1. First, Exodus 12:8, 15-20 reveals that the Passover celebration and accompanying Feast of Unleavened Bread used unleavened bread…[and] Luke 22:1 reveals that the Lord Jesus, when he instituted the Lord’s Supper, was sharing a Passover meal with His disciples…”
Here is the primary argument for the use of unleavened bread in the sacrament of the Lord’s Supper. It was the bread of the Passover Feast and so would certainly seem to have been the bread that the Lord Jesus passed around at the first Lord’s Supper. I am not aware of anyone who disputes that fact. The bread used that wonderful night was unleavened bread. That is a straightforward argument and to be taken seriously by Christians who, as we do, propose to find their rule for worship in the Word of God.
However, there are considerations that have, through the ages, weighed with the church and led her to reject the otherwise plausible conclusion that since the Lord used unleavened bread we ought to as well.
a. First, a rationale is provided for the use of unleavened bread in the Passover Feast. That is, we know why it was used. The reason is given in Exodus 12:34, 39.
“With the dough they had brought from Egypt, they baked cakes of unleavened bread. The dough was without yeast because they had been driven out of Egypt and did not have time to prepare food for themselves.” And, in Deut. 16:3 we are explicitly reminded that the significance of bread without yeast in the Passover Feast was to remind God’s people that they “left Egypt in haste” so “that all the days of your life you may remember the time of your departure from Egypt.”
Passover was a remembrance of Israel’s deliverance from Egypt and the unleavened bread used in the feast and the requirement to remove yeast from Israelite homes during the feast of unleavened bread are recollections of Israel’s hurried departure on the night of the 10th plague. The other features of the feast that served to recall that great night and God’s redemption of his people – the bitter herbs, the lamb – all fall away from the Lord’s Supper because the Supper is not a recollection of Israel’s deliverance from Egypt but of the greater deliverance of which that Passover was an anticipation.
There is no teaching in the Bible to suggest that the remembrance of the flight from Egypt is brought into the Lord’s Supper. Bread and Wine in the Supper serve what seem to be very different purposes. Another redemption is being remembered in the Lord’s Supper, that of ourselves from sin and death through the body and blood of the Lord Jesus. Unleavened bread does not in any obvious way contribute to that symbolism. It is not anywhere in the NT said to be the kind of bread used in the Lord’s Supper – while the text of the institution of the Lord’s Supper makes a point of mentioning wine (“the fruit of the vine”), bread is referred to simply as “bread” not as “unleavened bread.” The lack of yeast was a detail belonging to the old ceremony, not the new, it seems. Remember, it is bread in each case. The Lord took bread, we are told. That it happened to be unleavened is neither mentioned nor hinted at. What is significant is that it is bread, not unleavened bread. What is more, when the church moved into the Gentile world, a world that had no recollection of the Passover, “bread” would mean for them the ordinary bread that was the staple of life. So, in other words, as the scholastic theologians put it, that the bread was unleavened in the first Lord’s Supper belonged to the “accidental circumstances” of that first feast, not to the necessity of it. [Turretin, 430]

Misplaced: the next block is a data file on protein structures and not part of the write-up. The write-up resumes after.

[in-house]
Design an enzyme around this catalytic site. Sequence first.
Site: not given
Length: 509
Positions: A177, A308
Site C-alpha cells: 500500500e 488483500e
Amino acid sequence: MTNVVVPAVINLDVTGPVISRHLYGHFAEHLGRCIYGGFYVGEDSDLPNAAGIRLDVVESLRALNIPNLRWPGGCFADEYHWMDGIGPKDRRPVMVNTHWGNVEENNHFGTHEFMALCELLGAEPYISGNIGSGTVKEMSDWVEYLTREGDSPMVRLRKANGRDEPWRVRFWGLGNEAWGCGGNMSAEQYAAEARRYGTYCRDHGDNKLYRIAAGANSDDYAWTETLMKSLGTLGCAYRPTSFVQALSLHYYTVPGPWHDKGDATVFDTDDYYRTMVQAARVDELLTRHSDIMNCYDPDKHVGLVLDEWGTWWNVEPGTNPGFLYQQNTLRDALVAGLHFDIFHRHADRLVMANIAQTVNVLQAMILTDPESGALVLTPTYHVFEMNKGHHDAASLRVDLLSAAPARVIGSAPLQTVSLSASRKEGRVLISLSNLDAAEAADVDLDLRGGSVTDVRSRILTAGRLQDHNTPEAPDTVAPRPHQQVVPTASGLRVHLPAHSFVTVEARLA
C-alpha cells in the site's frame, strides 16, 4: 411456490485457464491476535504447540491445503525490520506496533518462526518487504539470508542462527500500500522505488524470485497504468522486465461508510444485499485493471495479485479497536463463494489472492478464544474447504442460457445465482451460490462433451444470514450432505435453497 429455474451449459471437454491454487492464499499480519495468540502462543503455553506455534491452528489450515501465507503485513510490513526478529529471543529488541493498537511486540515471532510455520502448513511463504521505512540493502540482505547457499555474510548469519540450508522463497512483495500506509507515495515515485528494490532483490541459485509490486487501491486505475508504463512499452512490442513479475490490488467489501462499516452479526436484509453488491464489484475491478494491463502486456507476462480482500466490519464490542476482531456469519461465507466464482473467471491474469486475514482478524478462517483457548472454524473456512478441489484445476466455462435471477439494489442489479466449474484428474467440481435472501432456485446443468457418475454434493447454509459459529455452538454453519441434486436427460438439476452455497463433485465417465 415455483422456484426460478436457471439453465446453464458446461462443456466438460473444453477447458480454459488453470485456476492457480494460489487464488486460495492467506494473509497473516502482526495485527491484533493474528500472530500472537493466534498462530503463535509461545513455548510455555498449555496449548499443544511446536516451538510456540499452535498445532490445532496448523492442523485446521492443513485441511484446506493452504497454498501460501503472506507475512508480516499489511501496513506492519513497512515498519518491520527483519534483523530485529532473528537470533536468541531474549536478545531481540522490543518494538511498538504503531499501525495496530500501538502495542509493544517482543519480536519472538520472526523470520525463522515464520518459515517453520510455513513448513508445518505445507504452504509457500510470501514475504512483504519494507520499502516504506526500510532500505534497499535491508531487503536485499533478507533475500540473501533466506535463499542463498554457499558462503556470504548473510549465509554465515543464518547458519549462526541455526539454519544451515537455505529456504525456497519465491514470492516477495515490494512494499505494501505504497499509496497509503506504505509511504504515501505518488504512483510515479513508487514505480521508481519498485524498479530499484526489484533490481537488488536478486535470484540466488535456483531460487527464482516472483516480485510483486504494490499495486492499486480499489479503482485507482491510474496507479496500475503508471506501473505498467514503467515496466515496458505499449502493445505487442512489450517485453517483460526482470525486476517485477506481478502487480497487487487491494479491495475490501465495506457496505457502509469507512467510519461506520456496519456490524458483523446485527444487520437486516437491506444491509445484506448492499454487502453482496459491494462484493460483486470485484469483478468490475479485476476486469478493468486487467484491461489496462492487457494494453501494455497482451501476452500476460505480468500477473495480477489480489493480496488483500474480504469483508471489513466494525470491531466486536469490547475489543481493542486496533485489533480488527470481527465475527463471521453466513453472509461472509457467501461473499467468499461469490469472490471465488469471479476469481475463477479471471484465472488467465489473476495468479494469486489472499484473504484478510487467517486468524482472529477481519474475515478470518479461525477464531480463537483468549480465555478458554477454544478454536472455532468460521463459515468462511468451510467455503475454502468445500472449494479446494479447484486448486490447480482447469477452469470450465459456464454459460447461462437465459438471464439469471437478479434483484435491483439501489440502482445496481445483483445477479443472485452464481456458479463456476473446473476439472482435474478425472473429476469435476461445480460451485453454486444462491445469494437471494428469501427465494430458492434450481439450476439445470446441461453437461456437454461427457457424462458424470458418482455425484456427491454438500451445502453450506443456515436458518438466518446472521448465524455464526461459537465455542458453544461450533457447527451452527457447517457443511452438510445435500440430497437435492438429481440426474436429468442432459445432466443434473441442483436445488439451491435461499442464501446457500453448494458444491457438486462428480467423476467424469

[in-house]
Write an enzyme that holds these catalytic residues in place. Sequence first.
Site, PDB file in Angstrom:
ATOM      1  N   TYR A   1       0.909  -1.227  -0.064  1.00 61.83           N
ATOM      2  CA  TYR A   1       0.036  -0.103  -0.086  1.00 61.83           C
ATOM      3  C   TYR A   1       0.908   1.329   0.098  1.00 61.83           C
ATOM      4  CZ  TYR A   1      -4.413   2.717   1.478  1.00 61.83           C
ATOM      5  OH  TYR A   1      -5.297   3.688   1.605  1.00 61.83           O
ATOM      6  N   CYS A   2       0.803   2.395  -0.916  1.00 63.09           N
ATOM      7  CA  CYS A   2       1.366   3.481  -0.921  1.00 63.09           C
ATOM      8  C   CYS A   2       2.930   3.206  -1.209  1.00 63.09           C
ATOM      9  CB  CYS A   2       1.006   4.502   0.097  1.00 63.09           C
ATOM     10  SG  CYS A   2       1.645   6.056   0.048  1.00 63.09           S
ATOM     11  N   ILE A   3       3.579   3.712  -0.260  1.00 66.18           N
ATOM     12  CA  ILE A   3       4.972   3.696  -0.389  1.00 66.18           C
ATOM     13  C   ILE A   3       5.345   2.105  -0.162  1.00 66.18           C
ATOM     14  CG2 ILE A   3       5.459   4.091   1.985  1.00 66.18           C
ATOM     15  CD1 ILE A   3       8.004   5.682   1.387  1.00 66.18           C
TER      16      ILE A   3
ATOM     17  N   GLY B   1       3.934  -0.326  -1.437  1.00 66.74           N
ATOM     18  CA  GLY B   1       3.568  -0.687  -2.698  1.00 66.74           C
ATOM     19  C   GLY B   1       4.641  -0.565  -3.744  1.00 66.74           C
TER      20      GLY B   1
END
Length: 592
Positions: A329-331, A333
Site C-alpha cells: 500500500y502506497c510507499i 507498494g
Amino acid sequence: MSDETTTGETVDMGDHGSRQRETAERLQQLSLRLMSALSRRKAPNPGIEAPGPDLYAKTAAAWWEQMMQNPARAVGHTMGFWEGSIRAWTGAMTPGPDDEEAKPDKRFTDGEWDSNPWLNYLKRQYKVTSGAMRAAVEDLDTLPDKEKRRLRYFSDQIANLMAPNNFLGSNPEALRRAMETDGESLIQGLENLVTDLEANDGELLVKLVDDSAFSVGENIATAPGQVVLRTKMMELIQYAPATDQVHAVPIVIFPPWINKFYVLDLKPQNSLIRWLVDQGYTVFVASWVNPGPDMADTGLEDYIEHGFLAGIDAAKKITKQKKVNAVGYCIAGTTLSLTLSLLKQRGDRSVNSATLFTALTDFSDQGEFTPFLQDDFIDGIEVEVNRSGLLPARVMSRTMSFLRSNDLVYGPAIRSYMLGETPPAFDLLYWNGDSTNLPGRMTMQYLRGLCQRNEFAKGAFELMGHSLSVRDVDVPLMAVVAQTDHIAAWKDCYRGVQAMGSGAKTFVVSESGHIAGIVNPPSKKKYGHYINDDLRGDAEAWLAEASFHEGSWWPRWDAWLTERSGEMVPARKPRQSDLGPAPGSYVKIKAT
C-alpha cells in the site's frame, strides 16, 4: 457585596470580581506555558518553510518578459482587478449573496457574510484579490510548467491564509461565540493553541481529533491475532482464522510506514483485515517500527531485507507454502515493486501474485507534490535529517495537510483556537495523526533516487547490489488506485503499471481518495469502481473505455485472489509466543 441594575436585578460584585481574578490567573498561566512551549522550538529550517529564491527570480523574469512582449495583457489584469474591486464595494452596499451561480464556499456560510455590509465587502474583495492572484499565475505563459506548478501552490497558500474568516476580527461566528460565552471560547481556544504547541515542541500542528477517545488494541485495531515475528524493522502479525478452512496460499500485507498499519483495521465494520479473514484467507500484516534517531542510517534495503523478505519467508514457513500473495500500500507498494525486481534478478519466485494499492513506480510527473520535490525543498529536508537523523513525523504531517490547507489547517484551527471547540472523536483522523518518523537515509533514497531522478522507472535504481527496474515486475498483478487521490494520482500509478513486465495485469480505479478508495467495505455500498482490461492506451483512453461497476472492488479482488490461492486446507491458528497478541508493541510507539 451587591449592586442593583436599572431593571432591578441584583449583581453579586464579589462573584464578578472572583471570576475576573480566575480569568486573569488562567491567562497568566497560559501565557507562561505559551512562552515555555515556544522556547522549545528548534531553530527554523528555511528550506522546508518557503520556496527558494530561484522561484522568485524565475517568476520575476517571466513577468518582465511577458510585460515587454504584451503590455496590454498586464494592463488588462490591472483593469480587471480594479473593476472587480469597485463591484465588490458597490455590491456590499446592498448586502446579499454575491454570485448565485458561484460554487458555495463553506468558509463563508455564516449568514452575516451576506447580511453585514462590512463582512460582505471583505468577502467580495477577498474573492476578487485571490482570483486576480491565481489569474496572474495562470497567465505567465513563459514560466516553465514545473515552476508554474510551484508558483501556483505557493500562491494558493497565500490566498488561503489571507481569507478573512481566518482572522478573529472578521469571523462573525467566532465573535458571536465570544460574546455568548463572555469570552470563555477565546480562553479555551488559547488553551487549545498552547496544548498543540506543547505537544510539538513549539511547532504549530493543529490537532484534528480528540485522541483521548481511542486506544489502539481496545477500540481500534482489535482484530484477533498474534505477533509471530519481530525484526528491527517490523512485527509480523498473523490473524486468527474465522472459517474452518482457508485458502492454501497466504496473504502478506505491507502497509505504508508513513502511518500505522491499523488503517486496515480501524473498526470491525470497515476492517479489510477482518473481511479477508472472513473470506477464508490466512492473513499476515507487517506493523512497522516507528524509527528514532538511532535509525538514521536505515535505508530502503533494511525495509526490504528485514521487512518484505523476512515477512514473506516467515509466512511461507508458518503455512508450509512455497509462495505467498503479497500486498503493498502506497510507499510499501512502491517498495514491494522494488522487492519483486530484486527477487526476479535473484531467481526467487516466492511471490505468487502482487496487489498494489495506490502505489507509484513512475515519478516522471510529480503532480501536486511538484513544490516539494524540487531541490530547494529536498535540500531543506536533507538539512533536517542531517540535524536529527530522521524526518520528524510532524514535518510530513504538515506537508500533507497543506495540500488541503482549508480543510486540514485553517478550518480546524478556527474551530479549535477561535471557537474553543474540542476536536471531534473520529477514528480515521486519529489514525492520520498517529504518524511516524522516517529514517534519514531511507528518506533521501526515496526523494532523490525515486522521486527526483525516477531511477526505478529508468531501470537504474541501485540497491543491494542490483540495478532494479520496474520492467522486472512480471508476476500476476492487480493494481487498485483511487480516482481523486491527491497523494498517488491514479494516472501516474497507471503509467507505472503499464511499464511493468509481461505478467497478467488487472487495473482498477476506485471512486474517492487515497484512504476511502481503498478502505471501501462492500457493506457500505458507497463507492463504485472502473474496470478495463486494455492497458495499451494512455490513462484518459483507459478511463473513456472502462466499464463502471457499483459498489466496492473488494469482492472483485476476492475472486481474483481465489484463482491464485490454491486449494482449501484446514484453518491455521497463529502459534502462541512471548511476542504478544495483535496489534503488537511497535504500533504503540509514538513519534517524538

b. The early church, so far as the evidence goes, did not receive from the apostles the practice of using unleavened bread in the Lord’s Supper. The Jews were used to having unleavened bread in the Passover just once a year. Usually they made their bread, as everyone else did, with yeast. It would have been a great change to begin using unleavened bread every week for the Lord’s Supper and there is no evidence that this change was ever made.
2. But there is a second argument attached to the overture. “1 Corinthians 5:7 specifically states that believers are ‘unleavened’ because Christ ‘our Passover’ has been sacrificed, and…’leaven’ is sometimes used in the Bible to denote sin. Whereas Christ is sinless.”
This is a substantial argument as well and, actually, could have been made more powerfully than it was. Many of the offerings of bread brought to the sanctuary in ancient Israel had to be unleavened. In Lev. 2:11, for example, we read, “Every grain offering you bring to the Lord must be made without yeast, for you are not to burn any yeast or honey in an offering made to the Lord.” So offerings that were burned on the altar could not contain yeast.
The rationale for this rule is never given in Holy Scripture, but it is very likely that it resulted from the sense that yeast represented decay and that decay was associated with corruption. So, to be entirely pure, ceremonially speaking, and an offering that was to be burned on the altar of God had to be completely pure, the offering, if it were of bread, had to be without yeast. There is perhaps something of this same symbolism in the Feast of Unleavened Bread and its requirement that yeast be removed from the home for that week, though this is never said. This would have been a principle equivalent to that of clean and unclean foods and the like. The removal of yeast was a symbolic representation of purity and fitness before God.